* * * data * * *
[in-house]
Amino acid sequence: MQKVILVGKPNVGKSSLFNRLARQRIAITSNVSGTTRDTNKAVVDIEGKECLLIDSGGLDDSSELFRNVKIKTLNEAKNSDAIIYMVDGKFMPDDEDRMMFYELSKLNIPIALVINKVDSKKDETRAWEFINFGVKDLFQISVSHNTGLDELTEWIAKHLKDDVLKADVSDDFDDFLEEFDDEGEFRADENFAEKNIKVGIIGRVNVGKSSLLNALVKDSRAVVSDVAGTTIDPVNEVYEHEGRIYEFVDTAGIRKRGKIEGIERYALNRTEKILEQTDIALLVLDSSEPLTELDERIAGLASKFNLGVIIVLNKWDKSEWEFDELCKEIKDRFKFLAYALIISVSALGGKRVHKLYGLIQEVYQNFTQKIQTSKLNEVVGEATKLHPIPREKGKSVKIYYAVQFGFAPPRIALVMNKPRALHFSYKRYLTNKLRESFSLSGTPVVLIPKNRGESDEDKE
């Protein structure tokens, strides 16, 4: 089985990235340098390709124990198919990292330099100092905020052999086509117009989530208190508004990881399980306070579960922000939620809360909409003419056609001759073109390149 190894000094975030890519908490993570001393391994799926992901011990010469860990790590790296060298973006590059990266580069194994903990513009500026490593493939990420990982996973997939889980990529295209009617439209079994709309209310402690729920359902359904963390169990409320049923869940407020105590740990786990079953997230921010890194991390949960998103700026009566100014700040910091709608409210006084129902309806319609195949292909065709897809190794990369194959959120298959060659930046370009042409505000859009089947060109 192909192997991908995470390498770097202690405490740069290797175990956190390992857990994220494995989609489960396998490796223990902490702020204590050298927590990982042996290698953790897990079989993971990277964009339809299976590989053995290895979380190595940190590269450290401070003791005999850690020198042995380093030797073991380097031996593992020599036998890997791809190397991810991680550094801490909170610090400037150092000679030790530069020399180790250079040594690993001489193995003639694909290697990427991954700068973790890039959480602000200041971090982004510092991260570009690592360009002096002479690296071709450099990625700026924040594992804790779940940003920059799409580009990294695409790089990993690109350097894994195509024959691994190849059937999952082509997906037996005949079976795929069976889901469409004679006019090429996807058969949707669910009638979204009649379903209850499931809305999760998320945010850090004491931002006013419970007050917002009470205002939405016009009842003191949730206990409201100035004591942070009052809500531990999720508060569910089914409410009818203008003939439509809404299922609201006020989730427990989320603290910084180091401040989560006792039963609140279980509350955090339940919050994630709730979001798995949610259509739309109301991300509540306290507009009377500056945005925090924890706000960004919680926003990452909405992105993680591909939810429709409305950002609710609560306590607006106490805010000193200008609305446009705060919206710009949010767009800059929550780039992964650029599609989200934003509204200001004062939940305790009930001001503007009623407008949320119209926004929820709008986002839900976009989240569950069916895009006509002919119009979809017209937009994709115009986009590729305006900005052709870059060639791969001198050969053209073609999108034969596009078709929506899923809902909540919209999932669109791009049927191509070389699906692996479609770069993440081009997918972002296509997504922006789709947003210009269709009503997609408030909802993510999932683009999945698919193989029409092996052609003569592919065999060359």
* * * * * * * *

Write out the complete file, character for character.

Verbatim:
[in-house]
Amino acid sequence: MQKVILVGKPNVGKSSLFNRLARQRIAITSNVSGTTRDTNKAVVDIEGKECLLIDSGGLDDSSELFRNVKIKTLNEAKNSDAIIYMVDGKFMPDDEDRMMFYELSKLNIPIALVINKVDSKKDETRAWEFINFGVKDLFQISVSHNTGLDELTEWIAKHLKDDVLKADVSDDFDDFLEEFDDEGEFRADENFAEKNIKVGIIGRVNVGKSSLLNALVKDSRAVVSDVAGTTIDPVNEVYEHEGRIYEFVDTAGIRKRGKIEGIERYALNRTEKILEQTDIALLVLDSSEPLTELDERIAGLASKFNLGVIIVLNKWDKSEWEFDELCKEIKDRFKFLAYALIISVSALGGKRVHKLYGLIQEVYQNFTQKIQTSKLNEVVGEATKLHPIPREKGKSVKIYYAVQFGFAPPRIALVMNKPRALHFSYKRYLTNKLRESFSLSGTPVVLIPKNRGESDEDKE
């Protein structure tokens, strides 16, 4: 089985990235340098390709124990198919990292330099100092905020052999086509117009989530208190508004990881399980306070579960922000939620809360909409003419056609001759073109390149 190894000094975030890519908490993570001393391994799926992901011990010469860990790590790296060298973006590059990266580069194994903990513009500026490593493939990420990982996973997939889980990529295209009617439209079994709309209310402690729920359902359904963390169990409320049923869940407020105590740990786990079953997230921010890194991390949960998103700026009566100014700040910091709608409210006084129902309806319609195949292909065709897809190794990369194959959120298959060659930046370009042409505000859009089947060109 192909192997991908995470390498770097202690405490740069290797175990956190390992857990994220494995989609489960396998490796223990902490702020204590050298927590990982042996290698953790897990079989993971990277964009339809299976590989053995290895979380190595940190590269450290401070003791005999850690020198042995380093030797073991380097031996593992020599036998890997791809190397991810991680550094801490909170610090400037150092000679030790530069020399180790250079040594690993001489193995003639694909290697990427991954700068973790890039959480602000200041971090982004510092991260570009690592360009002096002479690296071709450099990625700026924040594992804790779940940003920059799409580009990294695409790089990993690109350097894994195509024959691994190849059937999952082509997906037996005949079976795929069976889901469409004679006019090429996807058969949707669910009638979204009649379903209850499931809305999760998320945010850090004491931002006013419970007050917002009470205002939405016009009842003191949730206990409201100035004591942070009052809500531990999720508060569910089914409410009818203008003939439509809404299922609201006020989730427990989320603290910084180091401040989560006792039963609140279980509350955090339940919050994630709730979001798995949610259509739309109301991300509540306290507009009377500056945005925090924890706000960004919680926003990452909405992105993680591909939810429709409305950002609710609560306590607006106490805010000193200008609305446009705060919206710009949010767009800059929550780039992964650029599609989200934003509204200001004062939940305790009930001001503007009623407008949320119209926004929820709008986002839900976009989240569950069916895009006509002919119009979809017209937009994709115009986009590729305006900005052709870059060639791969001198050969053209073609999108034969596009078709929506899923809902909540919209999932669109791009049927191509070389699906692996479609770069993440081009997918972002296509997504922006789709947003210009269709009503997609408030909802993510999932683009999945698919193989029409092996052609003569592919065999060359």